(13:58:30) Scobleizer: Or people asking me to blog. Very low quality stuff. If PR people were forced to do their work in public their entire method would change.
(14:00:44) Scobleizer: If I want to get a hold of Mike Arrington, for instance, i know that writing a Tweet about him will get his attention far faster than email.
(14:04:42) Scobleizer: Basically this is my gesture to the world: I am not answering my email and I'm not going to start. I'm overloaded. Tweet me.

 From my original post.


Spoolsv.exe pegs CPU @ 100%

Sat, 07 Jul 2007 04:18:37 GMT

Originally posted on:

I had a problem on one of our home pc's tonight where Spoolsv.exe was pegging the CPU at 100% usage. I couldn't find any knowledgebase articles concerning it and a Google query only turned up safe-file results.

I ended up discovering that the problem was in the MS Office Document Image Writer spool. There was a job (apparently from almost a year ago) stuck in the queue at 67% complete. I canceled the job and everything has returned to normal. Go figure. I have been unable to find any information on Tojans or Virii that cause such behavior, so I am chalking it up to a quirk... and going to bed.

Technorati Tags: , , , Tags: , , ,

Original Article Posted Here


Google Gears

Thu, 31 May 2007 03:55:24 GMT

Originally posted on:

 Just read on the GPC Press Release site that Google is starting work on a new open source platform enabling all of its online apps to have offline capabilities. Sounds intriguing.

Google Gears marks an important step in the evolution of web applications because it addresses a major user concern: availability of data and applications when there’s no Internet connection available, or when a connection is slow or unreliable. As application developers and users alike want to do more on the web—whether it’s email or CRM or photo editing—enhancements that make the browser environment itself more powerful are increasingly important.

Source: Google Press Center: Press Release

You can access Google Gears here.


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Microsoft Surface

Wed, 30 May 2007 04:13:35 GMT

Originally posted on:

Microsoft has just announced Surface. Just at first glance, this appears to be something that could change everything. I am curious about a couple of things. 1) Will it really be cost effective enough that we will be able to have a coffee table (See the Power video) that sorts our pictures and 2) How in the world is this going to run on top of Vistazilla?

If they could really do that bar trick with the bubbles and stuff... dang. Pretty impressive.

Link to Microsoft Surface

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10 Reasons Why You Should Never Buy Diamonds

Fri, 18 May 2007 12:55:12 GMT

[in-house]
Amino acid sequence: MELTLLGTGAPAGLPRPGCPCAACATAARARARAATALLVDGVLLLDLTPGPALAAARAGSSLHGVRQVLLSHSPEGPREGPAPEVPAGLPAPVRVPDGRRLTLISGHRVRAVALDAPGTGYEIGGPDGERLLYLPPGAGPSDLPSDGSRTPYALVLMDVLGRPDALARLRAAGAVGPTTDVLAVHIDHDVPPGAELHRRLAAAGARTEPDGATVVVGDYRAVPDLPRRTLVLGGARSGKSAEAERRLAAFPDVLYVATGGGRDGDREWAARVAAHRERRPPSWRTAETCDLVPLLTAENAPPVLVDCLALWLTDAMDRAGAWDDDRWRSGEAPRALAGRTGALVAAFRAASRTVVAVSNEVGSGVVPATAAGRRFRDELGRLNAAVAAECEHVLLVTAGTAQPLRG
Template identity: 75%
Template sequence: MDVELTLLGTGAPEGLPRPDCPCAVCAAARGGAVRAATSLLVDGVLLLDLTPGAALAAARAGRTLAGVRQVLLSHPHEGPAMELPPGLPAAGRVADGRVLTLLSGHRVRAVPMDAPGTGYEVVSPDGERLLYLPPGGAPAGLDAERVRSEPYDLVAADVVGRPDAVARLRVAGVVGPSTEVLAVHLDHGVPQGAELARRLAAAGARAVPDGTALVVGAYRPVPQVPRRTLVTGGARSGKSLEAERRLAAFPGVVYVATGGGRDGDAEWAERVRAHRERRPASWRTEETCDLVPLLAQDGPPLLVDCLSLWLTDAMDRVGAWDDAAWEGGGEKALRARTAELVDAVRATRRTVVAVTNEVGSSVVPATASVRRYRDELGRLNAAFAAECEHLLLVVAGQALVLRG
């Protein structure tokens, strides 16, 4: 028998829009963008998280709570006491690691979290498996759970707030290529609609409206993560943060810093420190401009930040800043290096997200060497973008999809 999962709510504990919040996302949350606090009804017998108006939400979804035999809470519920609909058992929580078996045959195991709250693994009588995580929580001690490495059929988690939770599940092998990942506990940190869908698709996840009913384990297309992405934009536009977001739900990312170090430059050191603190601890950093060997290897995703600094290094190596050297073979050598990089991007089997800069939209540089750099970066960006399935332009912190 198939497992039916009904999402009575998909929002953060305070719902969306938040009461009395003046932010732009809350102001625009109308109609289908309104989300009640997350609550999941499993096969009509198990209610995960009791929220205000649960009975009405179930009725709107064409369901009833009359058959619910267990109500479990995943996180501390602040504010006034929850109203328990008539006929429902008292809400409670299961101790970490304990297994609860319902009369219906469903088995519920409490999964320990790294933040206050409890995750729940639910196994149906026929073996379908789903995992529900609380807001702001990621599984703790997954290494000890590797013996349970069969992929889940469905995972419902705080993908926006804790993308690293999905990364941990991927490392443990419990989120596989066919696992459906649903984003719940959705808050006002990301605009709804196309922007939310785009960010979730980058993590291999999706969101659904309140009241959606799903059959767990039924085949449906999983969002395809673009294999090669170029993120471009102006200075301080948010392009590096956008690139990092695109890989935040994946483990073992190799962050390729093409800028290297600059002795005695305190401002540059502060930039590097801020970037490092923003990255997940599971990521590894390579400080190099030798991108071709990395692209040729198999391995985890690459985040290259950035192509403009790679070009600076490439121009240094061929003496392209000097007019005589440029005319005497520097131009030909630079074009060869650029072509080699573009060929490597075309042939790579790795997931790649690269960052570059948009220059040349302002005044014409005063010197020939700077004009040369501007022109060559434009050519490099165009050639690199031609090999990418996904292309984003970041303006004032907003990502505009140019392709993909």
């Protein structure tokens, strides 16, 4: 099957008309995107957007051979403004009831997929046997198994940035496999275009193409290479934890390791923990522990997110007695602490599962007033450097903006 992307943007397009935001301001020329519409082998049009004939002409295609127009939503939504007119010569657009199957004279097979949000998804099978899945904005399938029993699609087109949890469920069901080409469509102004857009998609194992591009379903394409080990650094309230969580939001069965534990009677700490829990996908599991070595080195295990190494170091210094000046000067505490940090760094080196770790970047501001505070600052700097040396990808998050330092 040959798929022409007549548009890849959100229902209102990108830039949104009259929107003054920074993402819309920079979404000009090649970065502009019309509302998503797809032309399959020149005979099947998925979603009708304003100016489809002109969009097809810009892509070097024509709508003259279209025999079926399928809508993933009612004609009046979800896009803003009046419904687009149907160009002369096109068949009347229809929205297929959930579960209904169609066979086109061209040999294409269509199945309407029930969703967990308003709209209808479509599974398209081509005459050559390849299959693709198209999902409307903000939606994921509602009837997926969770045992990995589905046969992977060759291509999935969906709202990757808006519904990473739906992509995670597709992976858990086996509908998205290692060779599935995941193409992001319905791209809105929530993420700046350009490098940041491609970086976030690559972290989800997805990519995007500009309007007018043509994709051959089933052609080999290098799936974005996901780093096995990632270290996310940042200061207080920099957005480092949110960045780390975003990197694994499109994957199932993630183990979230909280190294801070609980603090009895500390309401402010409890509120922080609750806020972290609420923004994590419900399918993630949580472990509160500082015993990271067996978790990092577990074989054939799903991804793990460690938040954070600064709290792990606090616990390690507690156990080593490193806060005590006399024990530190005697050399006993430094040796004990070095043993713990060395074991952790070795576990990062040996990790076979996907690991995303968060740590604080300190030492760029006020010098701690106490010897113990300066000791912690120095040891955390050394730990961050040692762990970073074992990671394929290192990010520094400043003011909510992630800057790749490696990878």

Originally posted on: found myself talking to another guy the other day about diamonds and remembered a story listing 10 good reasons just to go with a simple gold band. I went to my bookmarks (three computers later, hallelujah for and found the link but it was dead. I had to dig a little more, but finally found the list here. I am also copying it below for future reference.  (2/14/02) By Liz Stanton, CPE Staff Economist 1. You've Been Psychologically Conditioned To Want a DiamondThe diamond engagement ring is a 63-year-old invention of N.W.Ayer advertising agency. The De Beers diamond cartel contracted N.W.Ayer to create a demand for what are, essentially, useless hunks of rock. 2. Diamonds are Priced Well Above Their ValueThe De Beers cartel has systematically held diamond prices at levels far greater than their abundance would generate under anything even remotely resembling perfect competition. All diamonds not already under its control are bought by the cartel, and then the De Beers cartel carefully managed world diamond supply in order to keep prices steadily high. 3. Diamonds Have No Resale or Investment ValueAny diamond that you buy or receive will indeed be yours forever: De Beers’ advertising deliberately brain-washed women not to sell; the steady price is a tool to prevent speculation in diamonds; and no dealer will buy a diamond from you. You can only sell it at a diamond purchasing center or a pawn shop where you will receive a tiny fraction of its original "value." 4. Diamond Miners are Disproportionately Exposed to HIV/AIDSMany diamond mining camps enforce all-male, no-family rules. Men contract HIV/AIDS from camp sex-workers, while women married to miners have no access to employment, no income outside of their husbands and no bargaining power for negotiating safe sex, and thus are at extremely high risk of contracting HIV. 5. Open-Pit Diamond Mines Pose Environmental ThreatsDiamond mines are open pits where salts, heavy minerals, organisms, oil, and chemicals from mining equipment freely leach into ground-water, endangering people in nearby mining camps and villages, as well as downstream plants and animals. 6. Diamond Mine-Owners Violate Indigenous People's RightsDiamond mines in Australia, Canada, India and many countries in Africa are situated on lands traditionally associated with indigenous peoples. Many of these communities have been displaced, while others remain, often at great cost to their health, livelihoods and traditional cultures. 7. Slave Laborers Cut and Polish DiamondsMore than one-half of the world's diamonds are processed in India where many of the cutters and polishers are bonded child laborers. Bonded children work to pay off the debts of their relatives, often unsuccessfully. When they reach adulthood their debt is passed on to their younger siblings or to their own children. 8. Conflict Diamonds Fund Civil Wars in AfricaThere is no reliable way to insure that your diamond was not mined or stolen by government or rebel military forces in order to finance civil conflict. Conflict diamonds are traded either for guns or for cash to pay and feed soldiers. 9. Diamond Wars are Fought Using Child WarriorsMany diamond producing governments and rebel forces use children as soldiers, laborers in military camps, and sex slaves. Child soldiers are given drugs to overcome their fear and reluctance to participate in atrocities. 10. Small Arms Trade is Intimately Related to Diamond SmugglingIllicit diamonds inflame the clandestine trade of small arms. There are 500 million small arms in the world today which are used to kill 500,000 people annually, the vast majority of whom are non-combatants. References: Collier, Paul, "Economic Causes of Civil Conflict and Their Implications fo[...]